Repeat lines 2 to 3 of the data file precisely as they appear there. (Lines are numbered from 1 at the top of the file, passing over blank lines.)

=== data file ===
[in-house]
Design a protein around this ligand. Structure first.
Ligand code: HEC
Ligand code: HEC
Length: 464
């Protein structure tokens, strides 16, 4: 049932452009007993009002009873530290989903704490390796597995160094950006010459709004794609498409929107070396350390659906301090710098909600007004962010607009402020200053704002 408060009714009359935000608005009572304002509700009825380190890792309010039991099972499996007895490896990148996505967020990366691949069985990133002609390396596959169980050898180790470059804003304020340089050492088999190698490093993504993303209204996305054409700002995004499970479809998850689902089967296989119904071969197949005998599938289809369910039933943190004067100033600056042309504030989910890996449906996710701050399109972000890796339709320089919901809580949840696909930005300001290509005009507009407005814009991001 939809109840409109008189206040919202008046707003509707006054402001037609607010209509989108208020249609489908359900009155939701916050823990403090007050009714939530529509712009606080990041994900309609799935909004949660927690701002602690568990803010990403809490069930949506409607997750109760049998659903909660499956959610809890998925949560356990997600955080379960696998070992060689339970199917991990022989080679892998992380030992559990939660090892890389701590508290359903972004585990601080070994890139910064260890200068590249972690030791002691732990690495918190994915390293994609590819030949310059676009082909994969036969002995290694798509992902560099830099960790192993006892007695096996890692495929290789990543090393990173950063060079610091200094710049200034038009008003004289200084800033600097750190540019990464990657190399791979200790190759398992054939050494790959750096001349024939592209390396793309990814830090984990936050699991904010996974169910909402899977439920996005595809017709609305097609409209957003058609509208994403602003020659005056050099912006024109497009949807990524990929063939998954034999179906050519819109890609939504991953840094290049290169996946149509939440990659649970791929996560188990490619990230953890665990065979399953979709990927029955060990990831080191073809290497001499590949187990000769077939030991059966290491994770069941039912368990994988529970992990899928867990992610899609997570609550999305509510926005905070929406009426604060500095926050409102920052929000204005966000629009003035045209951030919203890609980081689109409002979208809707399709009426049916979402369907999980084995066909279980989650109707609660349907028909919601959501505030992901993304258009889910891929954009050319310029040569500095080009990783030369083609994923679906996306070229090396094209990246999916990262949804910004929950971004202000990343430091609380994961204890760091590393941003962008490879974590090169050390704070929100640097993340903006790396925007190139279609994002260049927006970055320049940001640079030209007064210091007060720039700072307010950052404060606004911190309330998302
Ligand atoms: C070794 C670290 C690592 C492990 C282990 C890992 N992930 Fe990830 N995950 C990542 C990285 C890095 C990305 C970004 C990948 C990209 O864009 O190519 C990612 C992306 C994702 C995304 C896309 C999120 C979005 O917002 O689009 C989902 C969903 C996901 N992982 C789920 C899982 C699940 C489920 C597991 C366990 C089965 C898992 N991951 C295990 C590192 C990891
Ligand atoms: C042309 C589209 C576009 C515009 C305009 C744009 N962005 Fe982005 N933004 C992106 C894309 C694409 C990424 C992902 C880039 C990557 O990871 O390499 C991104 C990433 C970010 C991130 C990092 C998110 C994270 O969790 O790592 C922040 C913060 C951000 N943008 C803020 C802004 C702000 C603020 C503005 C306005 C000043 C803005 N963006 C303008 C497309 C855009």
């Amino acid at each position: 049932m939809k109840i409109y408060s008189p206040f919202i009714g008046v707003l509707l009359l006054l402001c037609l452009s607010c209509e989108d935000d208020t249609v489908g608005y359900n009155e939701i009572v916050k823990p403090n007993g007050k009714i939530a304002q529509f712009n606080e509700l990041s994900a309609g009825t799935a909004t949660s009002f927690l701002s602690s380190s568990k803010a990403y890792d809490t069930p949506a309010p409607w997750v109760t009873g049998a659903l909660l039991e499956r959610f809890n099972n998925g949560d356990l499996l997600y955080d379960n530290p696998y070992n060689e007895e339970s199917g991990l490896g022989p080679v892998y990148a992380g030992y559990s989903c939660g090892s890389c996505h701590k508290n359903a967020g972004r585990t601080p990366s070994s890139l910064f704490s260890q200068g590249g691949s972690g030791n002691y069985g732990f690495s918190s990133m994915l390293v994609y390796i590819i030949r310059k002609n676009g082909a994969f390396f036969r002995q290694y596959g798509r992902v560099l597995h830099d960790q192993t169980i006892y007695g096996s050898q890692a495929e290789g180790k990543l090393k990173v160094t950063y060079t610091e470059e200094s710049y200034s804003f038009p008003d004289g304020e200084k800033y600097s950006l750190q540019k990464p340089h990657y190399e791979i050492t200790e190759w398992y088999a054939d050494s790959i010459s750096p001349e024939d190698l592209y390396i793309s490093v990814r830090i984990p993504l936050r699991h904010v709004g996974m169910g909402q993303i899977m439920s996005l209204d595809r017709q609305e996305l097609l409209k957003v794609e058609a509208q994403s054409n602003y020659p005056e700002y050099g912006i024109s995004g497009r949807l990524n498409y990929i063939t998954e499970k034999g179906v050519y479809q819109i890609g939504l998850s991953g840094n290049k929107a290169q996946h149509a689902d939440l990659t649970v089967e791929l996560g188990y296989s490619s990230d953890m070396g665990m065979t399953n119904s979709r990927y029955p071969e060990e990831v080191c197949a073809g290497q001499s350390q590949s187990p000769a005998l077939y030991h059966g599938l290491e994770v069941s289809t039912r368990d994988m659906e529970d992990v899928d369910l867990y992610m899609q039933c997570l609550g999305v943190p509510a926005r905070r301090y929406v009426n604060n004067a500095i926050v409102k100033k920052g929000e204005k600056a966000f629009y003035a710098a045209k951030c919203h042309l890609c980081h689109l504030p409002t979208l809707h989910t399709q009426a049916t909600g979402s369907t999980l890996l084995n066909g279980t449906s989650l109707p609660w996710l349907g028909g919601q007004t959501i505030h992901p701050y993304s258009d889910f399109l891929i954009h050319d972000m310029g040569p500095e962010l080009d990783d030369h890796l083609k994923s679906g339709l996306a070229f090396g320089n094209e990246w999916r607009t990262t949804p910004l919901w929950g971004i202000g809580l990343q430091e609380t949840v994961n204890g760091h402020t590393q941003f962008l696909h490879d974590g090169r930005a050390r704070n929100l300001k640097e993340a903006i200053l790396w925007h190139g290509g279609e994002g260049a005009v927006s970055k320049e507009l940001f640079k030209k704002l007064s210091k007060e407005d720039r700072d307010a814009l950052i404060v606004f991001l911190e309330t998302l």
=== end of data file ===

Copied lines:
Design a protein around this ligand. Structure first.
Ligand code: HEC